• Tests should be run on multiprocessor systems to increase the diversity of potential interleavings. However, having more than a few CPUs does not necessarily make tests more effective. To maximize the chance of detecting timing-sensitive data races, there should be more active threads than CPUs, so that at any given time some threads are running and some are switched out, thus reducing the predicatability of interactions between threads.
  • Tests like PutTakeTest tend to be good at finding safety violations. For exam- ple, a common error in implementing semaphore-controlled buffers is to forget that the code actually doing the insertion and extraction requires mutual exclu- sion (using synchronized or ReentrantLock). A sample run of PutTakeTest with a version of BoundedBuffer that omits making doInsert and doExtract synch- ronized fails fairly quickly. Running PutTakeTest with a few dozen threads iterating a few million times on buffers of various capacity on various systems increases our confidence about the lack of data corruption in put and take.
  • The source code PutTakeTest.java demonstreated aforesaid logic.

Test resource management

  • The tests so far have been concerned with a class’s adherence to its specifica- tion—that it does what it is supposed to do. A secondary aspect to test is that it does not do things it is not supposed to do, such as leak resources. Any object that holds or manages other objects should not continue to maintain references to those objects longer than necessary. Such storage leaks prevent garbage collectors from reclaiming memory (or threads, file handles, sockets, database connections, or other limited resources) and can lead to resource exhaustion and application failure.

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2018

Guice

A new type of Juice Put simply, Guice alleviates the need for factories and the use of new in your Java code. Think of Guice’s @Inject as the new new. You wi...

YAML

Key points All YAML files (regardless of their association with Ansible or not) can optionally begin with — and end with …. This is part of the YAML format a...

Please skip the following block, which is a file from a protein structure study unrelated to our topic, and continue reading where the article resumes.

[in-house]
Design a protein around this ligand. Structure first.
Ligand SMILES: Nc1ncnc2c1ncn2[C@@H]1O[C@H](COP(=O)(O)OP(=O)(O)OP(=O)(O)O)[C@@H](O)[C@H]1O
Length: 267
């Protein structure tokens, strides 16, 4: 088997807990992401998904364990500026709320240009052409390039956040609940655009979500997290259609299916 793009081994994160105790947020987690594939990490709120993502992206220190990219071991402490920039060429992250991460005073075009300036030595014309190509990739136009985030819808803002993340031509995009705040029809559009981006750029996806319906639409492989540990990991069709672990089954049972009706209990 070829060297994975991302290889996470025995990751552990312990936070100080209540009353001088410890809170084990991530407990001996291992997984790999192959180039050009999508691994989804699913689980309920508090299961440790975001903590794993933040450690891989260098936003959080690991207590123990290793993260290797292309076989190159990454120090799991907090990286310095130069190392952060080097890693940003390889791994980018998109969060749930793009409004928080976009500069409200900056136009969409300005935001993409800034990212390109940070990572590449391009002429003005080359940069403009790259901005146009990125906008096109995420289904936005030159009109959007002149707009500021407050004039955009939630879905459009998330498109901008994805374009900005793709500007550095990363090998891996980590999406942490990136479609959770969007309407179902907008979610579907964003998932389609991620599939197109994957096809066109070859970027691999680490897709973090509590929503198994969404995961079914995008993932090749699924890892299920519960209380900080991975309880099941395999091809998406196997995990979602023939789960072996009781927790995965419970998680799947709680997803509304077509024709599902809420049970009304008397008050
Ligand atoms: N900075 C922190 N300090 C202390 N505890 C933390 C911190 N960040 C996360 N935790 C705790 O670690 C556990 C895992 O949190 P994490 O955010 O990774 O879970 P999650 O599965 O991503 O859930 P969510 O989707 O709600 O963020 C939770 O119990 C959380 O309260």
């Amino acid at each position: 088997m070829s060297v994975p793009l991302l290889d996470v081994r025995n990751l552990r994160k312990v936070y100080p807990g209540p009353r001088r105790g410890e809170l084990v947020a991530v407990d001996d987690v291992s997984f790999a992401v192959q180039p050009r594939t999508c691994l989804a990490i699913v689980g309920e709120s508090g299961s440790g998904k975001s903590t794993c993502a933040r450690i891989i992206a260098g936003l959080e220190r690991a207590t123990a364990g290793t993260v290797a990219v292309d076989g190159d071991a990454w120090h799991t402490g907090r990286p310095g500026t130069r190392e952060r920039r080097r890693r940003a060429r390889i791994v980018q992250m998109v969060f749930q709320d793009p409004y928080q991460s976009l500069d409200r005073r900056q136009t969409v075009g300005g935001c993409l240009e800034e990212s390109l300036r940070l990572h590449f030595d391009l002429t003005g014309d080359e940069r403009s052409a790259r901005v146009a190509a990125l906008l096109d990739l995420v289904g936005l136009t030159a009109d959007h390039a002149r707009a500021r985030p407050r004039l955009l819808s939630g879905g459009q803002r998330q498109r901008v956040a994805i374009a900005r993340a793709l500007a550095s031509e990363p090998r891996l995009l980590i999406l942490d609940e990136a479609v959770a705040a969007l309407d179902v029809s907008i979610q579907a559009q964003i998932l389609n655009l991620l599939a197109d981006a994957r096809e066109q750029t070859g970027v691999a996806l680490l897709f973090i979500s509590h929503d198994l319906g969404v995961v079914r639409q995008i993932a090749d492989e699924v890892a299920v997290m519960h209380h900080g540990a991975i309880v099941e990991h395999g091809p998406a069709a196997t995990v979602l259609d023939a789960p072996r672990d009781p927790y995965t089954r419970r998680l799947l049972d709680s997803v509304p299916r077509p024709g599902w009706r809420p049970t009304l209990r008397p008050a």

Sudo in a Nutshell

Sudo in a Nutshell Sudo (su “do”) allows a system administrator to give certain users (or groups of users) the ability to run some (or all) commands as root...

Zoo-keeper

ZK Motto the motto “ZooKeeper: Because Coordinating Distributed Systems is a Zoo.”

Cucumber

Acceptance testing vs unit test It’s sometimes said that unit tests ensure you build the thing right, whereas acceptance tests ensure you build the right thi...

akka framework of scala

philosophy The actor model adopts the philosophy that everything is an actor. This is similar to the everything is an object philosophy used by some object-o...

Apache Camel

Camel’s message model In Camel, there are two abstractions for modeling messages, both of which we’ll cover in this section. org.apache.camel.Message—The ...

JXM

Exporting your beans to JMX The core class in Spring’s JMX framework is the MBeanExporter. This class is responsible for taking your Spring beans and registe...

Solace MQ

Solace PubSub+ It is a message broker that lets you establish event-driven interactions between applications and microservices across hybrid cloud environmen...

Apigee

App deployment, configuration management and orchestration - all from one system. Ansible is powerful IT automation that you can learn quickly.

Ansible

Ansible: What Is It Good For? Ansible is often described as a configuration management tool, and is typically mentioned in the same breath as Chef, Puppet, a...

flexbox

How Flexbox works — explained with big, colorful, animated gifs

KDB

KDB However kdb+ evaluates expressions right-to-left. There are no precedence rules. The reason commonly given for this behaviour is that it is a much simple...

Agile and SCRUM

Key concept In Scrum, a team is cross functional, meaning everyone is needed to take a feature from idea to implementation.

Strategy-Of-Openshift-Releases